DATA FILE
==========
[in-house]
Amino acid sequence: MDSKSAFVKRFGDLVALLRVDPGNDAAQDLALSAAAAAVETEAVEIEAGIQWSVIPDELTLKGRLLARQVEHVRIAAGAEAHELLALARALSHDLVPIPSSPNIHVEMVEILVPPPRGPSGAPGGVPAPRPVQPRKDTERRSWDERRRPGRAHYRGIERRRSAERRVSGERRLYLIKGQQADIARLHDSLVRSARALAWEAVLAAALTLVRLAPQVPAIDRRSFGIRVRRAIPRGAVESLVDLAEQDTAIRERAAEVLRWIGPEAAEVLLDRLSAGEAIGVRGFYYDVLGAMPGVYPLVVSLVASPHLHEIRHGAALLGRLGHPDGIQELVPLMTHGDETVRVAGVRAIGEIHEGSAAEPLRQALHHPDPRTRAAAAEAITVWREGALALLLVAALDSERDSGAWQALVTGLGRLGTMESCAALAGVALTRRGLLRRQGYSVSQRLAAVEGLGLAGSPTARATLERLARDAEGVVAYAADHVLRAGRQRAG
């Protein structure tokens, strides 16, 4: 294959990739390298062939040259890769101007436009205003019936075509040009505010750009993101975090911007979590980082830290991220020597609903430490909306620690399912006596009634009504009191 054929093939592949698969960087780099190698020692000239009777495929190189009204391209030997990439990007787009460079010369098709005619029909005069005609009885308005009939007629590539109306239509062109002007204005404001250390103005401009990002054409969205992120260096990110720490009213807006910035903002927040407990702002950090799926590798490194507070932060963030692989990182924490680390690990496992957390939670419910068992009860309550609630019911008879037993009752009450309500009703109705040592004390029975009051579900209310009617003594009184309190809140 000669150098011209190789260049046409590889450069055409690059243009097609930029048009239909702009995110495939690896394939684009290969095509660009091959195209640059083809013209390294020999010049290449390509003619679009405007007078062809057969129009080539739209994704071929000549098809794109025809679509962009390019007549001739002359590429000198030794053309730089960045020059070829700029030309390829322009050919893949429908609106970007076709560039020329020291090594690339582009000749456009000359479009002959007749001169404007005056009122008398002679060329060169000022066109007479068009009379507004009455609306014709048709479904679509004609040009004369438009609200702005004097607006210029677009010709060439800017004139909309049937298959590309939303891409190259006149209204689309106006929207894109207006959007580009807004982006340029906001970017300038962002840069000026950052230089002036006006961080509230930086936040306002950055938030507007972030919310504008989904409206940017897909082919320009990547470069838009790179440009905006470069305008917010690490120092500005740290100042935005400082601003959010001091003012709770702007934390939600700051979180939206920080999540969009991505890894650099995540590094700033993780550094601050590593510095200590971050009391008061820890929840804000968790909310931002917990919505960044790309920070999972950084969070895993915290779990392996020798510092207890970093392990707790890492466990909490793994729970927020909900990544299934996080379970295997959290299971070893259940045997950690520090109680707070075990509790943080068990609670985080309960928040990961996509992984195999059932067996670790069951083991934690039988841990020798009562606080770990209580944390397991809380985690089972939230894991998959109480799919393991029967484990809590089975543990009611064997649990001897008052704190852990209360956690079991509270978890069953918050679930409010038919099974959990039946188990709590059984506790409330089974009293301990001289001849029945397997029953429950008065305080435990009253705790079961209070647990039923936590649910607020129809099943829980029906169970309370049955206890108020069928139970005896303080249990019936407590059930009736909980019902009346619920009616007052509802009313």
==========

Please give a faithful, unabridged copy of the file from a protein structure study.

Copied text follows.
[in-house]
Amino acid sequence: MDSKSAFVKRFGDLVALLRVDPGNDAAQDLALSAAAAAVETEAVEIEAGIQWSVIPDELTLKGRLLARQVEHVRIAAGAEAHELLALARALSHDLVPIPSSPNIHVEMVEILVPPPRGPSGAPGGVPAPRPVQPRKDTERRSWDERRRPGRAHYRGIERRRSAERRVSGERRLYLIKGQQADIARLHDSLVRSARALAWEAVLAAALTLVRLAPQVPAIDRRSFGIRVRRAIPRGAVESLVDLAEQDTAIRERAAEVLRWIGPEAAEVLLDRLSAGEAIGVRGFYYDVLGAMPGVYPLVVSLVASPHLHEIRHGAALLGRLGHPDGIQELVPLMTHGDETVRVAGVRAIGEIHEGSAAEPLRQALHHPDPRTRAAAAEAITVWREGALALLLVAALDSERDSGAWQALVTGLGRLGTMESCAALAGVALTRRGLLRRQGYSVSQRLAAVEGLGLAGSPTARATLERLARDAEGVVAYAADHVLRAGRQRAG
């Protein structure tokens, strides 16, 4: 294959990739390298062939040259890769101007436009205003019936075509040009505010750009993101975090911007979590980082830290991220020597609903430490909306620690399912006596009634009504009191 054929093939592949698969960087780099190698020692000239009777495929190189009204391209030997990439990007787009460079010369098709005619029909005069005609009885308005009939007629590539109306239509062109002007204005404001250390103005401009990002054409969205992120260096990110720490009213807006910035903002927040407990702002950090799926590798490194507070932060963030692989990182924490680390690990496992957390939670419910068992009860309550609630019911008879037993009752009450309500009703109705040592004390029975009051579900209310009617003594009184309190809140 000669150098011209190789260049046409590889450069055409690059243009097609930029048009239909702009995110495939690896394939684009290969095509660009091959195209640059083809013209390294020999010049290449390509003619679009405007007078062809057969129009080539739209994704071929000549098809794109025809679509962009390019007549001739002359590429000198030794053309730089960045020059070829700029030309390829322009050919893949429908609106970007076709560039020329020291090594690339582009000749456009000359479009002959007749001169404007005056009122008398002679060329060169000022066109007479068009009379507004009455609306014709048709479904679509004609040009004369438009609200702005004097607006210029677009010709060439800017004139909309049937298959590309939303891409190259006149209204689309106006929207894109207006959007580009807004982006340029906001970017300038962002840069000026950052230089002036006006961080509230930086936040306002950055938030507007972030919310504008989904409206940017897909082919320009990547470069838009790179440009905006470069305008917010690490120092500005740290100042935005400082601003959010001091003012709770702007934390939600700051979180939206920080999540969009991505890894650099995540590094700033993780550094601050590593510095200590971050009391008061820890929840804000968790909310931002917990919505960044790309920070999972950084969070895993915290779990392996020798510092207890970093392990707790890492466990909490793994729970927020909900990544299934996080379970295997959290299971070893259940045997950690520090109680707070075990509790943080068990609670985080309960928040990961996509992984195999059932067996670790069951083991934690039988841990020798009562606080770990209580944390397991809380985690089972939230894991998959109480799919393991029967484990809590089975543990009611064997649990001897008052704190852990209360956690079991509270978890069953918050679930409010038919099974959990039946188990709590059984506790409330089974009293301990001289001849029945397997029953429950008065305080435990009253705790079961209070647990039923936590649910607020129809099943829980029906169970309370049955206890108020069928139970005896303080249990019936407590059930009736909980019902009346619920009616007052509802009313």